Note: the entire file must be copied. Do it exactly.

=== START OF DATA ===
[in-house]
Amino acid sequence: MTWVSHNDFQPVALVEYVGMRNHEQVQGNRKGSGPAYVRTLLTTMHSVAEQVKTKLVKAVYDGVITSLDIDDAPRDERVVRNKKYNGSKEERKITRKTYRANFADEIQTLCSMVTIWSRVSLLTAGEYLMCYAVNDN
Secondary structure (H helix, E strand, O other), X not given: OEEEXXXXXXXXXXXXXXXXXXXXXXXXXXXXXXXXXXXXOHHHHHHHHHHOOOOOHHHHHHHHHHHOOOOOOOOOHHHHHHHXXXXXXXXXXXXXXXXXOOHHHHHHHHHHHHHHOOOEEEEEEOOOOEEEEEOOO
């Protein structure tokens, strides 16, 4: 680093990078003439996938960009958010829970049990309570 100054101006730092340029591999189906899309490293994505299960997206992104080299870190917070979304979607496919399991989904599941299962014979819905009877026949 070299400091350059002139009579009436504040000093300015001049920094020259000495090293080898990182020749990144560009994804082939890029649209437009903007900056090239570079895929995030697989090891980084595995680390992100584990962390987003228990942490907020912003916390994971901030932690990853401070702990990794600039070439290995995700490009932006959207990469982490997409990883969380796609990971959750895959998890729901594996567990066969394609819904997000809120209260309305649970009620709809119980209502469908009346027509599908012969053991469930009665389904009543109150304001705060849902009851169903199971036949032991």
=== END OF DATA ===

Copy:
[in-house]
Amino acid sequence: MTWVSHNDFQPVALVEYVGMRNHEQVQGNRKGSGPAYVRTLLTTMHSVAEQVKTKLVKAVYDGVITSLDIDDAPRDERVVRNKKYNGSKEERKITRKTYRANFADEIQTLCSMVTIWSRVSLLTAGEYLMCYAVNDN
Secondary structure (H helix, E strand, O other), X not given: OEEEXXXXXXXXXXXXXXXXXXXXXXXXXXXXXXXXXXXXOHHHHHHHHHHOOOOOHHHHHHHHHHHOOOOOOOOOHHHHHHHXXXXXXXXXXXXXXXXXOOHHHHHHHHHHHHHHOOOEEEEEEOOOOEEEEEOOO
């Protein structure tokens, strides 16, 4: 680093990078003439996938960009958010829970049990309570 100054101006730092340029591999189906899309490293994505299960997206992104080299870190917070979304979607496919399991989904599941299962014979819905009877026949 070299400091350059002139009579009436504040000093300015001049920094020259000495090293080898990182020749990144560009994804082939890029649209437009903007900056090239570079895929995030697989090891980084595995680390992100584990962390987003228990942490907020912003916390994971901030932690990853401070702990990794600039070439290995995700490009932006959207990469982490997409990883969380796609990971959750895959998890729901594996567990066969394609819904997000809120209260309305649970009620709809119980209502469908009346027509599908012969053991469930009665389904009543109150304001705060849902009851169903199971036949032991």